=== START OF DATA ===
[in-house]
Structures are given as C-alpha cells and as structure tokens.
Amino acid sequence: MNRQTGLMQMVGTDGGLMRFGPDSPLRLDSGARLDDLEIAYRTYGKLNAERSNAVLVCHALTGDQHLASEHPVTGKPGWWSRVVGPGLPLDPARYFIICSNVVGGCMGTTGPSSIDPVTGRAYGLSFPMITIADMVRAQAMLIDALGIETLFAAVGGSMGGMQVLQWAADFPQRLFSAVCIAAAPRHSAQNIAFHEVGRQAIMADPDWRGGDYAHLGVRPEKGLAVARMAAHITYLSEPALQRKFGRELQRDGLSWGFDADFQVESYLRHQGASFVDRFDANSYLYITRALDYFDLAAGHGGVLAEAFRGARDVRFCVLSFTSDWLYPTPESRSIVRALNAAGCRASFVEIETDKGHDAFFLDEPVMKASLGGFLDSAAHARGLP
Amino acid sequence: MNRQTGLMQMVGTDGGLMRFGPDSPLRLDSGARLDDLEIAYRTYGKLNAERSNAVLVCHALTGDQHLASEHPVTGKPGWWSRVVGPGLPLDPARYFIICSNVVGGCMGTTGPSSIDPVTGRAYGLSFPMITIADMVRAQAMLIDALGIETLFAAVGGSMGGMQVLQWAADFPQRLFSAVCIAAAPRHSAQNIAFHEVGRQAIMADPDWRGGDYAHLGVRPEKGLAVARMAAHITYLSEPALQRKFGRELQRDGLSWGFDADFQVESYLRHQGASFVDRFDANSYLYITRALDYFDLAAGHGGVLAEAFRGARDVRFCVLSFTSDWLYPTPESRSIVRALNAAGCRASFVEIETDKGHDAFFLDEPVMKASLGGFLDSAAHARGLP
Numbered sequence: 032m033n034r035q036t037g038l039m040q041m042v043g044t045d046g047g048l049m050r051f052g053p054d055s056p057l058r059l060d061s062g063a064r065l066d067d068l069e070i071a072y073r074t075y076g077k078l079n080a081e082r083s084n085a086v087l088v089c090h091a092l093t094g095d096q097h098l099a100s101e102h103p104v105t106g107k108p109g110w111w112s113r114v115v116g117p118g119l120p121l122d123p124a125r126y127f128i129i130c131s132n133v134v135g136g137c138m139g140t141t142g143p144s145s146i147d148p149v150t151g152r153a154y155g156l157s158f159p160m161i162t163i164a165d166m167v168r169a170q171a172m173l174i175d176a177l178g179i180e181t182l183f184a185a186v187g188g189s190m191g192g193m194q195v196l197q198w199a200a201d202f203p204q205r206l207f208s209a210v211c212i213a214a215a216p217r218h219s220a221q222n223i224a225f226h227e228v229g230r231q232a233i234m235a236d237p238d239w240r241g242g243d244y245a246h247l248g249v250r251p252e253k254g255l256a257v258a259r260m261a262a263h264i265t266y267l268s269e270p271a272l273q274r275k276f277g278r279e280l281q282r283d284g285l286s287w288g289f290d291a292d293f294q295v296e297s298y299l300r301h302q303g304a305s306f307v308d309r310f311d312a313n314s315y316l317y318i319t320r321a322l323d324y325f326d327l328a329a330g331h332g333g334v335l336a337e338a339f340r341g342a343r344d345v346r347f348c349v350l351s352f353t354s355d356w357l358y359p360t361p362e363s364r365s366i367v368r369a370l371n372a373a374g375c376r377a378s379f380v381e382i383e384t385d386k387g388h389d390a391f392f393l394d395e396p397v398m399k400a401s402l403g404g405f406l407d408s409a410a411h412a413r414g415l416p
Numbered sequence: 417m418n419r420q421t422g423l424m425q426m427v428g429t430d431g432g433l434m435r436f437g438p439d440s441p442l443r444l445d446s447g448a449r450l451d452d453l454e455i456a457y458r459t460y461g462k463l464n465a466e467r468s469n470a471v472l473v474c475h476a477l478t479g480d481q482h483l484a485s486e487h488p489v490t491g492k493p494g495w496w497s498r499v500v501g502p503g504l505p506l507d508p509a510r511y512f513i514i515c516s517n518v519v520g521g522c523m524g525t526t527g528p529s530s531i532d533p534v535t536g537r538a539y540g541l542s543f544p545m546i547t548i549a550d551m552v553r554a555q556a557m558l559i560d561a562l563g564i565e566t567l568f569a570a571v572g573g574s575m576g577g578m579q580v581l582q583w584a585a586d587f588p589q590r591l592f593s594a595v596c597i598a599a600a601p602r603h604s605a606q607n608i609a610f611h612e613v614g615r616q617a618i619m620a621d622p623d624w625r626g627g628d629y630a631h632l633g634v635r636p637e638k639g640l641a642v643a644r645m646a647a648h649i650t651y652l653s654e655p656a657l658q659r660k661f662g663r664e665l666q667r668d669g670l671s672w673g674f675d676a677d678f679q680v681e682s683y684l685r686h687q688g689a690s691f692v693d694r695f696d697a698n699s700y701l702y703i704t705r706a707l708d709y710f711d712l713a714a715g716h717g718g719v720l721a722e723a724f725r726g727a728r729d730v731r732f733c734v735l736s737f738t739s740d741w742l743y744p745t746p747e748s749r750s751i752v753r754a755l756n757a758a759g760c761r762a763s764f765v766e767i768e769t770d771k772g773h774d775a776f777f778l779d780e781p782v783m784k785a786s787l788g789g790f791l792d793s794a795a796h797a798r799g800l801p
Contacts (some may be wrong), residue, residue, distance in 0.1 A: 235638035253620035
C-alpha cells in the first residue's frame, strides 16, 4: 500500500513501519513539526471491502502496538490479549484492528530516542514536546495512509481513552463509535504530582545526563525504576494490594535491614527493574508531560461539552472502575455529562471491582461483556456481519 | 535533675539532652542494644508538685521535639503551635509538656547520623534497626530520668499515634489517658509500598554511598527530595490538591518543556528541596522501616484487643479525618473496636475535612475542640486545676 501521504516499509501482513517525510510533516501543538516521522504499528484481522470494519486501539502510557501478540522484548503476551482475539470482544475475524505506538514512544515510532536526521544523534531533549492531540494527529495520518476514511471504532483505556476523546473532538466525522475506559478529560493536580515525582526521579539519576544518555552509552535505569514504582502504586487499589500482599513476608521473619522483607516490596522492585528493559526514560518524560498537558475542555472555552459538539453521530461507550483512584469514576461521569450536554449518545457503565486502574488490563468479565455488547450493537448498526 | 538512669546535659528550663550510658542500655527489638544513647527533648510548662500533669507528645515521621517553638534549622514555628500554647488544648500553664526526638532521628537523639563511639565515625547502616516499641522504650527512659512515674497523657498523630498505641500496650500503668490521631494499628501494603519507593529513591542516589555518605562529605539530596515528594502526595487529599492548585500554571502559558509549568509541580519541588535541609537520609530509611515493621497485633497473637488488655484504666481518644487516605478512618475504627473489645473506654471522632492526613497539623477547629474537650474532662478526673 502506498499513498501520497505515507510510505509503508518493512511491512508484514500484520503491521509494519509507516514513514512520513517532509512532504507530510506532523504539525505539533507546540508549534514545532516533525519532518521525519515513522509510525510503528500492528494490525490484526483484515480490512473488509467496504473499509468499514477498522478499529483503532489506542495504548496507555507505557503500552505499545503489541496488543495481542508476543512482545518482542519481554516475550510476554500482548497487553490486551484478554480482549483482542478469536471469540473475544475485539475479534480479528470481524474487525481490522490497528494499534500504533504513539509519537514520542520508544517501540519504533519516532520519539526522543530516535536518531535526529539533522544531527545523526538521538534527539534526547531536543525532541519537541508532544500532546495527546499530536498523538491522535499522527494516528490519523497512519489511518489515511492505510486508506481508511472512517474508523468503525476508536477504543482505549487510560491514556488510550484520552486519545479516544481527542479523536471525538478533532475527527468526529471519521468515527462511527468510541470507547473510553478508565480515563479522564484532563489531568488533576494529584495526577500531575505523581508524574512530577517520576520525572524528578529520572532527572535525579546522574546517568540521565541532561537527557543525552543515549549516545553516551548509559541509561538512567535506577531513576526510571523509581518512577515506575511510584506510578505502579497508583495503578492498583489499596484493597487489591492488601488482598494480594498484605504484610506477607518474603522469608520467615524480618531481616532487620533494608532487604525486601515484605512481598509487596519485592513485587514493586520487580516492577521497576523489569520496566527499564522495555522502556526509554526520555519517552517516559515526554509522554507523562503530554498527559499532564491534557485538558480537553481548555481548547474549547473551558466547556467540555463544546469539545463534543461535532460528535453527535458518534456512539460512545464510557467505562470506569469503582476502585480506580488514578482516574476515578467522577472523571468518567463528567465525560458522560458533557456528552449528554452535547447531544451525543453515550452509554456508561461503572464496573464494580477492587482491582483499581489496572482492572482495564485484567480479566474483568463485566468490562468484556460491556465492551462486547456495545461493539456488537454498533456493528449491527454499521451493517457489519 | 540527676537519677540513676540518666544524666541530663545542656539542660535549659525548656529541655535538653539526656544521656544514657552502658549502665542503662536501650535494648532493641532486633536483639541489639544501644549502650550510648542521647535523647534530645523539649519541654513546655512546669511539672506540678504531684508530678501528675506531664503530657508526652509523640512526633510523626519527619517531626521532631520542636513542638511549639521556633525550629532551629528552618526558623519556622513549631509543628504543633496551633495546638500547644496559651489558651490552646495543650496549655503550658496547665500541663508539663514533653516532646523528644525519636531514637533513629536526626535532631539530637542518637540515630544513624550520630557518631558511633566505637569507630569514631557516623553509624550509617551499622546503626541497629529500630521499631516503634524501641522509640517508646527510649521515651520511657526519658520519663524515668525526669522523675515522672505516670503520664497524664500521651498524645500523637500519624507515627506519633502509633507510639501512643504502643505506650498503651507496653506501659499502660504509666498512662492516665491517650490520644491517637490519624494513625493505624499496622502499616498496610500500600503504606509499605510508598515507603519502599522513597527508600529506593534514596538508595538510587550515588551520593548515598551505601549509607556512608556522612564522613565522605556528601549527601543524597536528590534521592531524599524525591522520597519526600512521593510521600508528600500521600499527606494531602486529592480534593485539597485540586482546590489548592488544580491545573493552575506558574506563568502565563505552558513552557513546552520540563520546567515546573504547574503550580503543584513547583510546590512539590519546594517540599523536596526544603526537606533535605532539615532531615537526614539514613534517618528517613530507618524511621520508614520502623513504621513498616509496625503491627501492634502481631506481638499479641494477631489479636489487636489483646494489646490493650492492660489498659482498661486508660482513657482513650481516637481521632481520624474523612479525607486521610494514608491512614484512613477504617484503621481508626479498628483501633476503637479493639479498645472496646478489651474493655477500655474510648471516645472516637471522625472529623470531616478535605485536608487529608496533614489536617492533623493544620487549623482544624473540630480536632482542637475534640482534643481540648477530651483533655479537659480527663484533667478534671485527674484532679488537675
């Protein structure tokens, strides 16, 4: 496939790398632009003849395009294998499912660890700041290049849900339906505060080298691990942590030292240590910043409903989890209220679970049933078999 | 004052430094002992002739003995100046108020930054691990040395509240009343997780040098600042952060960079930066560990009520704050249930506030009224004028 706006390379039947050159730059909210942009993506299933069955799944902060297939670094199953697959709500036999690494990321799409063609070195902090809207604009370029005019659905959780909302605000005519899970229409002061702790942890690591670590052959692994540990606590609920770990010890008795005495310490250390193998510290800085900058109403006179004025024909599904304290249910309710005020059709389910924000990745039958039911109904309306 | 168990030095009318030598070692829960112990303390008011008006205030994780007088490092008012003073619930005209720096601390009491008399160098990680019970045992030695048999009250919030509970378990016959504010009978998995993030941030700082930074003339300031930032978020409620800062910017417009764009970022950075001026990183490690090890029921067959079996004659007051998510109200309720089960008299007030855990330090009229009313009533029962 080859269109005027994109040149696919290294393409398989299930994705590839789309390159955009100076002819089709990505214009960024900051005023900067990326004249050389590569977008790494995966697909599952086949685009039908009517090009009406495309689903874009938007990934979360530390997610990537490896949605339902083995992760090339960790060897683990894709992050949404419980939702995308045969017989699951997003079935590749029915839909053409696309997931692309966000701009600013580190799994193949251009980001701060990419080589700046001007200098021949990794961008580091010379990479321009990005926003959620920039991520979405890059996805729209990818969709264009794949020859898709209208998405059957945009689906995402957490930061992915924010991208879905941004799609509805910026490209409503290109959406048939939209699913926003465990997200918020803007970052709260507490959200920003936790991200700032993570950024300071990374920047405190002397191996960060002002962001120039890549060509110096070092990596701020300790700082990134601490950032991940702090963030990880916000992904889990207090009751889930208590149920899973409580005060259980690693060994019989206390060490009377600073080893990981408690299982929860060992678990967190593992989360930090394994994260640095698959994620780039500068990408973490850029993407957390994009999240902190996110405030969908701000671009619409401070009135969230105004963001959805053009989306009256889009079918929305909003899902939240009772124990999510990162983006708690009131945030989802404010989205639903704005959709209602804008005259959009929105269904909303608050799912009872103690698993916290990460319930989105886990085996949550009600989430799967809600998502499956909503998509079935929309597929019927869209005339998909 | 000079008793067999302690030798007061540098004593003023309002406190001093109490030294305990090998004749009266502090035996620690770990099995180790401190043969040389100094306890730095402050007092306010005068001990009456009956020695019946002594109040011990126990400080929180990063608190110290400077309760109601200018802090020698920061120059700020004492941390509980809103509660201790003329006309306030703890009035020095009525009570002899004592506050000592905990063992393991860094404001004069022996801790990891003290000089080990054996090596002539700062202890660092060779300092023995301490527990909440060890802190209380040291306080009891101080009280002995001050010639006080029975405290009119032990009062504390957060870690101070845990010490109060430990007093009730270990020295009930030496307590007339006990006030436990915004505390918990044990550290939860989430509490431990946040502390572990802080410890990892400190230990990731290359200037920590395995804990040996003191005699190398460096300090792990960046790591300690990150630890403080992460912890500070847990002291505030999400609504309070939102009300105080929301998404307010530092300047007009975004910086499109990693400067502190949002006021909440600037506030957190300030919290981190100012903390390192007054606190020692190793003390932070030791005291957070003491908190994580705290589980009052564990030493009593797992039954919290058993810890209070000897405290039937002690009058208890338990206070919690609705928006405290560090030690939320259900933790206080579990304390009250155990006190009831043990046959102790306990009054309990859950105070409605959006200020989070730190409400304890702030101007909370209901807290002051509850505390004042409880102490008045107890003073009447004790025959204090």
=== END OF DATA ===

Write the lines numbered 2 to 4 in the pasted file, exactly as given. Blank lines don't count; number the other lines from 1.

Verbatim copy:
Structures are given as C-alpha cells and as structure tokens.
Amino acid sequence: MNRQTGLMQMVGTDGGLMRFGPDSPLRLDSGARLDDLEIAYRTYGKLNAERSNAVLVCHALTGDQHLASEHPVTGKPGWWSRVVGPGLPLDPARYFIICSNVVGGCMGTTGPSSIDPVTGRAYGLSFPMITIADMVRAQAMLIDALGIETLFAAVGGSMGGMQVLQWAADFPQRLFSAVCIAAAPRHSAQNIAFHEVGRQAIMADPDWRGGDYAHLGVRPEKGLAVARMAAHITYLSEPALQRKFGRELQRDGLSWGFDADFQVESYLRHQGASFVDRFDANSYLYITRALDYFDLAAGHGGVLAEAFRGARDVRFCVLSFTSDWLYPTPESRSIVRALNAAGCRASFVEIETDKGHDAFFLDEPVMKASLGGFLDSAAHARGLP
Amino acid sequence: MNRQTGLMQMVGTDGGLMRFGPDSPLRLDSGARLDDLEIAYRTYGKLNAERSNAVLVCHALTGDQHLASEHPVTGKPGWWSRVVGPGLPLDPARYFIICSNVVGGCMGTTGPSSIDPVTGRAYGLSFPMITIADMVRAQAMLIDALGIETLFAAVGGSMGGMQVLQWAADFPQRLFSAVCIAAAPRHSAQNIAFHEVGRQAIMADPDWRGGDYAHLGVRPEKGLAVARMAAHITYLSEPALQRKFGRELQRDGLSWGFDADFQVESYLRHQGASFVDRFDANSYLYITRALDYFDLAAGHGGVLAEAFRGARDVRFCVLSFTSDWLYPTPESRSIVRALNAAGCRASFVEIETDKGHDAFFLDEPVMKASLGGFLDSAAHARGLP